The state of California would benefit from immigration reform if a pathway to citizenship were provided for the 2.6 million undocumented immigrants already living in the state, according to a White House report titled “The Economic Benefits of Fixing Our Broken Immigration System.” If citizenship was awarded to those already living in the state, then California’s economy would be strengthened, as the state could create more jobs, increase workers’ income and the state’s housing economy would get a boost.
The report found that the state’s economic production would increase by $7.3 billion and as many as 77,000 new jobs could be created in 2014 if immigration reform similar to the Senate’s bill passed. Families in California would also see a total personal income of $29.1 billion in 2020.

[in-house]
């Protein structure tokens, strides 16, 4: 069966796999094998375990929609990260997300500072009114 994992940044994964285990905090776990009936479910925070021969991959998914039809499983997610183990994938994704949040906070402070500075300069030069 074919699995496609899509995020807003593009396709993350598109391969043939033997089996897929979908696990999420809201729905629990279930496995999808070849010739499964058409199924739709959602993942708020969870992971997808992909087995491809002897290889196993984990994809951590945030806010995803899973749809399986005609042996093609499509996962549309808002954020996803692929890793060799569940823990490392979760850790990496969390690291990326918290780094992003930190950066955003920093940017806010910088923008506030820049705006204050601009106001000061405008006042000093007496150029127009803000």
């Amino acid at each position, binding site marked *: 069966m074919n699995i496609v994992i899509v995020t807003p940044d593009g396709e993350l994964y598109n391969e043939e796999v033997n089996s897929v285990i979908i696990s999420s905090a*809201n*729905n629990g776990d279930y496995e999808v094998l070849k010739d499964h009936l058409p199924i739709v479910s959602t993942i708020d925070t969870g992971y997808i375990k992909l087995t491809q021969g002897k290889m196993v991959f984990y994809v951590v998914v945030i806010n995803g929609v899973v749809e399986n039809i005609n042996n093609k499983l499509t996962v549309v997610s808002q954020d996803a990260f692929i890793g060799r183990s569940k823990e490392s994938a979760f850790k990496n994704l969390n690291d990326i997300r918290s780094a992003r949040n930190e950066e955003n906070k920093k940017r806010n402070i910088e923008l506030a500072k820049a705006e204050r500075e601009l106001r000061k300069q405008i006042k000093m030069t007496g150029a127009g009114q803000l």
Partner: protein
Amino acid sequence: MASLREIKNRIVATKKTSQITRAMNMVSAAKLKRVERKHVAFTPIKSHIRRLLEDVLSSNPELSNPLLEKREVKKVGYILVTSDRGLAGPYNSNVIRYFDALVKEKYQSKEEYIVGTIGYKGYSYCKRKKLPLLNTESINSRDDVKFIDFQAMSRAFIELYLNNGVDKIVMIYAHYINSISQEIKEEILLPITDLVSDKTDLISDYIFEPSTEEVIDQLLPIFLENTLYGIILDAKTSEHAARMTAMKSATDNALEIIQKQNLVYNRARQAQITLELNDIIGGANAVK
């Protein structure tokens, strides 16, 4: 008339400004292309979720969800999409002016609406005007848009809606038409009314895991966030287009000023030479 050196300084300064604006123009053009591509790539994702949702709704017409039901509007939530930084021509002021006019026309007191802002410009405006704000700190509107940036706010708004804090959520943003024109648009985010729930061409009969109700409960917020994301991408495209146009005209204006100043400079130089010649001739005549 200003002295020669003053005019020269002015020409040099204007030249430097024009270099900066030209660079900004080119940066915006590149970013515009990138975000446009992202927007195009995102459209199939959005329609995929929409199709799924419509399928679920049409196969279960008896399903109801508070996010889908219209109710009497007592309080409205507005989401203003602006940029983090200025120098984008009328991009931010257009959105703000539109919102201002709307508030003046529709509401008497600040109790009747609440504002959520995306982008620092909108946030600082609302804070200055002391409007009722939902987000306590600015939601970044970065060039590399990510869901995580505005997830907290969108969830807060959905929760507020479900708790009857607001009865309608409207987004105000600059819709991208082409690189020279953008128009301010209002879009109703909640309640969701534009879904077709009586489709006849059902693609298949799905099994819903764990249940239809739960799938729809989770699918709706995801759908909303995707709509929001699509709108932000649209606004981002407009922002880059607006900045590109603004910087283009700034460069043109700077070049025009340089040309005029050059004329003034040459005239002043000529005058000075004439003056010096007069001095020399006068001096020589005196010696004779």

The Senate’s immigration reform bill would reduce the nation’s federal budget deficit by nearly $850 billion in the next two decades, according to the report. If comprehensive immigration reform were passed, California immigrants would have paid as much as $327 million in state and local taxes in 2010.
“Comprehensive immigration reform … is probably more important to California’s economy than that of any other state,” said Allan Zaremberg, president of the California Chamber of Commerce. “Technology, agriculture and tourism, among others, must have comprehensive immigration reform to survive.”